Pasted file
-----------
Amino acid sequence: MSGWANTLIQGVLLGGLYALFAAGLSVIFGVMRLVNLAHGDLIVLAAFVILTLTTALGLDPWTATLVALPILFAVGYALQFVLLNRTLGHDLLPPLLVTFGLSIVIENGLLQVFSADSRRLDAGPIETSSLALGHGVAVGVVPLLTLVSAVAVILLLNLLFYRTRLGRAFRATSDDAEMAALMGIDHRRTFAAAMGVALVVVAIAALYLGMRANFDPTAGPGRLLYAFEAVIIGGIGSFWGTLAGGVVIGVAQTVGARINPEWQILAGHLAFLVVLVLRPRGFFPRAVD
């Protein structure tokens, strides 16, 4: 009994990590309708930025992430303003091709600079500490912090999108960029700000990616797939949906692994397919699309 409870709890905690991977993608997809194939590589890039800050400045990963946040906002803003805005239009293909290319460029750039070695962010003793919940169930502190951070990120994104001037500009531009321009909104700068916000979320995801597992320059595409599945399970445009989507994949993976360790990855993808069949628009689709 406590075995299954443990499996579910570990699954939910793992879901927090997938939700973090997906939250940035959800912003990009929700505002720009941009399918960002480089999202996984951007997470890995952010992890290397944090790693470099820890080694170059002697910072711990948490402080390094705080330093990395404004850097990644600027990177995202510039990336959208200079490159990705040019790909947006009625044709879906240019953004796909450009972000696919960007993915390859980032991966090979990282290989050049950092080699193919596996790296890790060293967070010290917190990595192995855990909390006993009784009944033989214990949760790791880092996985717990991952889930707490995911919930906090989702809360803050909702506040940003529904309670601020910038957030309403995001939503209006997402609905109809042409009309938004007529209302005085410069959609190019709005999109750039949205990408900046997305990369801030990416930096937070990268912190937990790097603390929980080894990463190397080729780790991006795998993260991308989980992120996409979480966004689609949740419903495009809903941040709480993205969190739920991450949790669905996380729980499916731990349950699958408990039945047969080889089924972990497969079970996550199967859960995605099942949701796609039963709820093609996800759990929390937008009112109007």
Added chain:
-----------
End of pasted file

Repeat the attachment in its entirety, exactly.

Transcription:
Amino acid sequence: MSGWANTLIQGVLLGGLYALFAAGLSVIFGVMRLVNLAHGDLIVLAAFVILTLTTALGLDPWTATLVALPILFAVGYALQFVLLNRTLGHDLLPPLLVTFGLSIVIENGLLQVFSADSRRLDAGPIETSSLALGHGVAVGVVPLLTLVSAVAVILLLNLLFYRTRLGRAFRATSDDAEMAALMGIDHRRTFAAAMGVALVVVAIAALYLGMRANFDPTAGPGRLLYAFEAVIIGGIGSFWGTLAGGVVIGVAQTVGARINPEWQILAGHLAFLVVLVLRPRGFFPRAVD
């Protein structure tokens, strides 16, 4: 009994990590309708930025992430303003091709600079500490912090999108960029700000990616797939949906692994397919699309 409870709890905690991977993608997809194939590589890039800050400045990963946040906002803003805005239009293909290319460029750039070695962010003793919940169930502190951070990120994104001037500009531009321009909104700068916000979320995801597992320059595409599945399970445009989507994949993976360790990855993808069949628009689709 406590075995299954443990499996579910570990699954939910793992879901927090997938939700973090997906939250940035959800912003990009929700505002720009941009399918960002480089999202996984951007997470890995952010992890290397944090790693470099820890080694170059002697910072711990948490402080390094705080330093990395404004850097990644600027990177995202510039990336959208200079490159990705040019790909947006009625044709879906240019953004796909450009972000696919960007993915390859980032991966090979990282290989050049950092080699193919596996790296890790060293967070010290917190990595192995855990909390006993009784009944033989214990949760790791880092996985717990991952889930707490995911919930906090989702809360803050909702506040940003529904309670601020910038957030309403995001939503209006997402609905109809042409009309938004007529209302005085410069959609190019709005999109750039949205990408900046997305990369801030990416930096937070990268912190937990790097603390929980080894990463190397080729780790991006795998993260991308989980992120996409979480966004689609949740419903495009809903941040709480993205969190739920991450949790669905996380729980499916731990349950699958408990039945047969080889089924972990497969079970996550199967859960995605099942949701796609039963709820093609996800759990929390937008009112109007």
Added chain: